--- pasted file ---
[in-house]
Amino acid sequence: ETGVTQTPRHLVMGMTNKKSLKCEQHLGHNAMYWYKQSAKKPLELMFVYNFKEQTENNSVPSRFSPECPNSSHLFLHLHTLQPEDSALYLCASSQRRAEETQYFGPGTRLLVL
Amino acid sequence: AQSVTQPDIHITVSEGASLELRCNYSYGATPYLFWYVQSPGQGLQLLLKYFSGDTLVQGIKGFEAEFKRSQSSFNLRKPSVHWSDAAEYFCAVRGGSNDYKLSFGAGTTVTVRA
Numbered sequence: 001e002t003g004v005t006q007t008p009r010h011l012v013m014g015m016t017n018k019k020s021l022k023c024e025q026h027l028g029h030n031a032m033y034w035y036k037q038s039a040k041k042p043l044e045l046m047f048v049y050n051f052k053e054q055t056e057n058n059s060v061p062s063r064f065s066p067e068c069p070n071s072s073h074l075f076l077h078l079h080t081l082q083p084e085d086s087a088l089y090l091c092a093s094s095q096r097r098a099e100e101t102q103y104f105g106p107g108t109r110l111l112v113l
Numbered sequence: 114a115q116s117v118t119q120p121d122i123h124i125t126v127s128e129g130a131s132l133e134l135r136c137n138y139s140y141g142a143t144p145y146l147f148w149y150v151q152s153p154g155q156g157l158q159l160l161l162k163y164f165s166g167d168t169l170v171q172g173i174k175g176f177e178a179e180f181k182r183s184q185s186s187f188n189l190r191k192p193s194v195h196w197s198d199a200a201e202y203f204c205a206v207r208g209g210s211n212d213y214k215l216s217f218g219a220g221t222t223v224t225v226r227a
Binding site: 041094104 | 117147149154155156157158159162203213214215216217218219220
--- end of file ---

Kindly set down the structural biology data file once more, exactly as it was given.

[in-house]
Amino acid sequence: ETGVTQTPRHLVMGMTNKKSLKCEQHLGHNAMYWYKQSAKKPLELMFVYNFKEQTENNSVPSRFSPECPNSSHLFLHLHTLQPEDSALYLCASSQRRAEETQYFGPGTRLLVL
Amino acid sequence: AQSVTQPDIHITVSEGASLELRCNYSYGATPYLFWYVQSPGQGLQLLLKYFSGDTLVQGIKGFEAEFKRSQSSFNLRKPSVHWSDAAEYFCAVRGGSNDYKLSFGAGTTVTVRA
Numbered sequence: 001e002t003g004v005t006q007t008p009r010h011l012v013m014g015m016t017n018k019k020s021l022k023c024e025q026h027l028g029h030n031a032m033y034w035y036k037q038s039a040k041k042p043l044e045l046m047f048v049y050n051f052k053e054q055t056e057n058n059s060v061p062s063r064f065s066p067e068c069p070n071s072s073h074l075f076l077h078l079h080t081l082q083p084e085d086s087a088l089y090l091c092a093s094s095q096r097r098a099e100e101t102q103y104f105g106p107g108t109r110l111l112v113l
Numbered sequence: 114a115q116s117v118t119q120p121d122i123h124i125t126v127s128e129g130a131s132l133e134l135r136c137n138y139s140y141g142a143t144p145y146l147f148w149y150v151q152s153p154g155q156g157l158q159l160l161l162k163y164f165s166g167d168t169l170v171q172g173i174k175g176f177e178a179e180f181k182r183s184q185s186s187f188n189l190r191k192p193s194v195h196w197s198d199a200a201e202y203f204c205a206v207r208g209g210s211n212d213y214k215l216s217f218g219a220g221t222t223v224t225v226r227a
Binding site: 041094104 | 117147149154155156157158159162203213214215216217218219220